Meet our Writer in Residence, Hannah Connors! - Springtide Research Institute

Meet our Writer in Residence, Hannah Connors!

 In Voices of Young People

Meet our Writer in Residence, Hannah Connors! 

The Springtide Writer in Residence is a brand-new program designed to nurture and encourage a young writer through one-on-one mentoring, workshopping and feedback, prompts and assignments, and opportunities for skill-building, bylines, networking, and hands-on experience in publishing and production.  

Among other opportunities, this 9-month residency explores and enhances competencies in data and report writing, news and blog writing, reflective and essay writing, and newsletter and copywriting. In addition to the prompts and work assigned by Springtide, Hannah will also undertake a residency-long project focused on her own questions on themes pertaining to young people’s inner and outer lives.  

Funding for this residency comes from a generous, anonymous donor.  

Below is a quick Q&A between Ellen Koneck, Springtide’s Head Writer & Editor, and Hannah Connors, our inaugural Writer in Residence. Welcome, Hannah!

Ellen: What brought you to Springtide? How did you hear about the WIR position? 

Hannah: I am passionate about uplifting personal and collective wellbeing, and do a lot of reading and thinking about how spirituality and community-building can be vehicles to that end. This led me to find the How We Gather report several years ago and I continued to follow the authors’ work. One of them, Casper ter Kuile, is a Research Advisory Board member at Springtide, and shared something about Springtide and it was synchronistic that it was about a month before the WIR application deadline.  


E: Tell us a little about your professional background. What were you doing before you arrived at Springtide; what do you hope to do next?
 

H: My original post-grad plans were to serve in the Peace Corps in the Philippines as a Youth Development Facilitator. When that fell through due to COVID, I took a job teaching at a forest preschool in Washington state. I also have experience as a study coordinator, undergrad course designer and facilitator, and oversaw a university peer support program. I hope to continue exploring my interests in education, wellness, nature, community-building, and storytelling, in whatever form that may take.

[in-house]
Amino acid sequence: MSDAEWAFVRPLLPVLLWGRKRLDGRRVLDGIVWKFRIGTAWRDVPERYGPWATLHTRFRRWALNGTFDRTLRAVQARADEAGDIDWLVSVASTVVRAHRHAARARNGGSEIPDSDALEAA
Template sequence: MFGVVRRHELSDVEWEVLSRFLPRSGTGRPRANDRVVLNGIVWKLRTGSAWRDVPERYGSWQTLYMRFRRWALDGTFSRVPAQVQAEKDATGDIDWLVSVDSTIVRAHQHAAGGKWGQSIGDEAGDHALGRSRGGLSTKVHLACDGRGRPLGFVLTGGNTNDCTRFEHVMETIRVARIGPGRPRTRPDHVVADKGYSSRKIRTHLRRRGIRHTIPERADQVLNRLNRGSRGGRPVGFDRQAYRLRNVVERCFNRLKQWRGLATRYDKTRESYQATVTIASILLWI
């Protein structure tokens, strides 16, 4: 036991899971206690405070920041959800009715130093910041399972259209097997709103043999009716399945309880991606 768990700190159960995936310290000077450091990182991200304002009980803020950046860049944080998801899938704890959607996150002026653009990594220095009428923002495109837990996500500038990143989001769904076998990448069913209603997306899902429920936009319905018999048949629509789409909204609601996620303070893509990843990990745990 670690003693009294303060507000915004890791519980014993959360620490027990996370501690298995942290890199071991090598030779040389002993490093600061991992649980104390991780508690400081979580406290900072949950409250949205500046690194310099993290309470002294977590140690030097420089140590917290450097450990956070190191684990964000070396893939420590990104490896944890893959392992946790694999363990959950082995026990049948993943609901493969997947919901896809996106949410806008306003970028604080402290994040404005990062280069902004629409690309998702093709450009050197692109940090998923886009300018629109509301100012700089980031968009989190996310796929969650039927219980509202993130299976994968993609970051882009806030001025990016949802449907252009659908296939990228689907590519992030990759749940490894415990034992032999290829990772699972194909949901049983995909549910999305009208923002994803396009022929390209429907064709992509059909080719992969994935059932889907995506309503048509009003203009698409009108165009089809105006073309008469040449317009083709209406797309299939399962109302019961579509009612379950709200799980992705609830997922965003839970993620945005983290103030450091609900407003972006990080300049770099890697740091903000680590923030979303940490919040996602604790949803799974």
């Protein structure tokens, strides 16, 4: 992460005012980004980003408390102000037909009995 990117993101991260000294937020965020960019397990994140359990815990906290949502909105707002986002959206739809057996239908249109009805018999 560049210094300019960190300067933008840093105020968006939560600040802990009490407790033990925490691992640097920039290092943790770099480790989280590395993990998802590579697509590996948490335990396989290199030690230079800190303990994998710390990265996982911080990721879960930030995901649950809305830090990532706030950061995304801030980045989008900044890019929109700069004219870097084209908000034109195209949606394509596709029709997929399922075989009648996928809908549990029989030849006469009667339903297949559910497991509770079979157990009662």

E: You’re a Writer in Residence, so we must know: What do you love about writing? What role does writing play in your life?
 

H: Writing is my attempt at grounding myself in the face of the ephemerality of everything. All language is only an approximation of thoughts, feelings, sensations, and experiences, but I think when I write that approximation gets a lot closer to the real thing than when I speak. I am a daily journaler, snail mail enthusiast, and I wrote a lot of haiku when quarantine started!  

E: Oh my gosh, beautiful! I love that expression—grounding in the face of emphemerality. Okay… a nerdy but writerly set of questions. Your favorite font? Do you handwrite or type first drafts? Best writing advice? Thing you want to work on most in your writing over the next 9 months? 

H: For prose, I’ve tried them all but you can’t go wrong with Times New Roman, she’s timeless. For planning documents I like Proxima Nova. I usually type first drafts that require outside research, but for purely personal essays, I like to write longhand. My writing advice is to give yourself constraints, at least to start. Over the next 9 months I want to work on my ability to artfully weave together seemingly disparate ideas. 

E: We all know reading and writing are inextricably linked. What’s the best book you’ve read this year? What’s the best book of all time (no pressure), in your opinion? 

H: This year: The More Beautiful World our Hearts Know is Possible by Charles Eisenstein

All time: A Tree Grows in Brooklyn by Betty Smith

E: Want to tell us a little bit about what you’re hoping to work on in your independent research and writing project this year? 

H: I am hoping to explore changes in how young people have come to value traits like empathy, kindness, honesty, generosity, and patience, and how they engage with cultivating these traits, as they move away from organized religion. I also want to investigate different motivational frameworks for making “good” decisions, from religious, spiritual, and secular lenses.  

E: Thanks, Hannah! And welcome to Springtide 🙂 

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